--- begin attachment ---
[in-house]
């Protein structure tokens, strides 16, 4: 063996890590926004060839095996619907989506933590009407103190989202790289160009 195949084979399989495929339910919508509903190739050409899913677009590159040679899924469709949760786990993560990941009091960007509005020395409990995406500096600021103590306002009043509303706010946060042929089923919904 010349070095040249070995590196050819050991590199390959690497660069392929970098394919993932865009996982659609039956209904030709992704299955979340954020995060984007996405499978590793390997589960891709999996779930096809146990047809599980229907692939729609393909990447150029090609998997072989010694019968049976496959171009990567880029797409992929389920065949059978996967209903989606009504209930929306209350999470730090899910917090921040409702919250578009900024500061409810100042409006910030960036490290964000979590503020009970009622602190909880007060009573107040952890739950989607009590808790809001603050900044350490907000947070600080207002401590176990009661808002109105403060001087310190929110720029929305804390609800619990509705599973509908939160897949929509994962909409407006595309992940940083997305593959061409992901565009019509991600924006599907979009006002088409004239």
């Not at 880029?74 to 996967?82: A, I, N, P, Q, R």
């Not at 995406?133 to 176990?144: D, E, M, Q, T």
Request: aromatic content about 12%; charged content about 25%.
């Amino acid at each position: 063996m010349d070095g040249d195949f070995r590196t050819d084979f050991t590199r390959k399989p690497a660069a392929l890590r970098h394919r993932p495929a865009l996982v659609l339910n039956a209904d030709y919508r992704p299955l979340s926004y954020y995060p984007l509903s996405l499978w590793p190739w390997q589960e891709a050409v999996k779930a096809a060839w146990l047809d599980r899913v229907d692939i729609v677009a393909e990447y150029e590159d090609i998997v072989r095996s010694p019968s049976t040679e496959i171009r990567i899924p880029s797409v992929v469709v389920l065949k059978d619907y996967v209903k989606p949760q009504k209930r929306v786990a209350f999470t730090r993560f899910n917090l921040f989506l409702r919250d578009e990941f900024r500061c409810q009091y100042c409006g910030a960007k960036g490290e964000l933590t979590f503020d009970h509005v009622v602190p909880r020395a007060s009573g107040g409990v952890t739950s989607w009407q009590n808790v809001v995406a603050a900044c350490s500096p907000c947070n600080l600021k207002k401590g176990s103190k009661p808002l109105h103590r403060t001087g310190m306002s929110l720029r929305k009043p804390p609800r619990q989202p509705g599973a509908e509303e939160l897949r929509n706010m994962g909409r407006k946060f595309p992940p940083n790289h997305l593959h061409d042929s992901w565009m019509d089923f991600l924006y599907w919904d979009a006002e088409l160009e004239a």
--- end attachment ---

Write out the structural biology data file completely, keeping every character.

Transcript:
[in-house]
């Protein structure tokens, strides 16, 4: 063996890590926004060839095996619907989506933590009407103190989202790289160009 195949084979399989495929339910919508509903190739050409899913677009590159040679899924469709949760786990993560990941009091960007509005020395409990995406500096600021103590306002009043509303706010946060042929089923919904 010349070095040249070995590196050819050991590199390959690497660069392929970098394919993932865009996982659609039956209904030709992704299955979340954020995060984007996405499978590793390997589960891709999996779930096809146990047809599980229907692939729609393909990447150029090609998997072989010694019968049976496959171009990567880029797409992929389920065949059978996967209903989606009504209930929306209350999470730090899910917090921040409702919250578009900024500061409810100042409006910030960036490290964000979590503020009970009622602190909880007060009573107040952890739950989607009590808790809001603050900044350490907000947070600080207002401590176990009661808002109105403060001087310190929110720029929305804390609800619990509705599973509908939160897949929509994962909409407006595309992940940083997305593959061409992901565009019509991600924006599907979009006002088409004239």
């Not at 880029?74 to 996967?82: A, I, N, P, Q, R």
């Not at 995406?133 to 176990?144: D, E, M, Q, T």
Request: aromatic content about 12%; charged content about 25%.
């Amino acid at each position: 063996m010349d070095g040249d195949f070995r590196t050819d084979f050991t590199r390959k399989p690497a660069a392929l890590r970098h394919r993932p495929a865009l996982v659609l339910n039956a209904d030709y919508r992704p299955l979340s926004y954020y995060p984007l509903s996405l499978w590793p190739w390997q589960e891709a050409v999996k779930a096809a060839w146990l047809d599980r899913v229907d692939i729609v677009a393909e990447y150029e590159d090609i998997v072989r095996s010694p019968s049976t040679e496959i171009r990567i899924p880029s797409v992929v469709v389920l065949k059978d619907y996967v209903k989606p949760q009504k209930r929306v786990a209350f999470t730090r993560f899910n917090l921040f989506l409702r919250d578009e990941f900024r500061c409810q009091y100042c409006g910030a960007k960036g490290e964000l933590t979590f503020d009970h509005v009622v602190p909880r020395a007060s009573g107040g409990v952890t739950s989607w009407q009590n808790v809001v995406a603050a900044c350490s500096p907000c947070n600080l600021k207002k401590g176990s103190k009661p808002l109105h103590r403060t001087g310190m306002s929110l720029r929305k009043p804390p609800r619990q989202p509705g599973a509908e509303e939160l897949r929509n706010m994962g909409r407006k946060f595309p992940p940083n790289h997305l593959h061409d042929s992901w565009m019509d089923f991600l924006y599907w919904d979009a006002e088409l160009e004239a």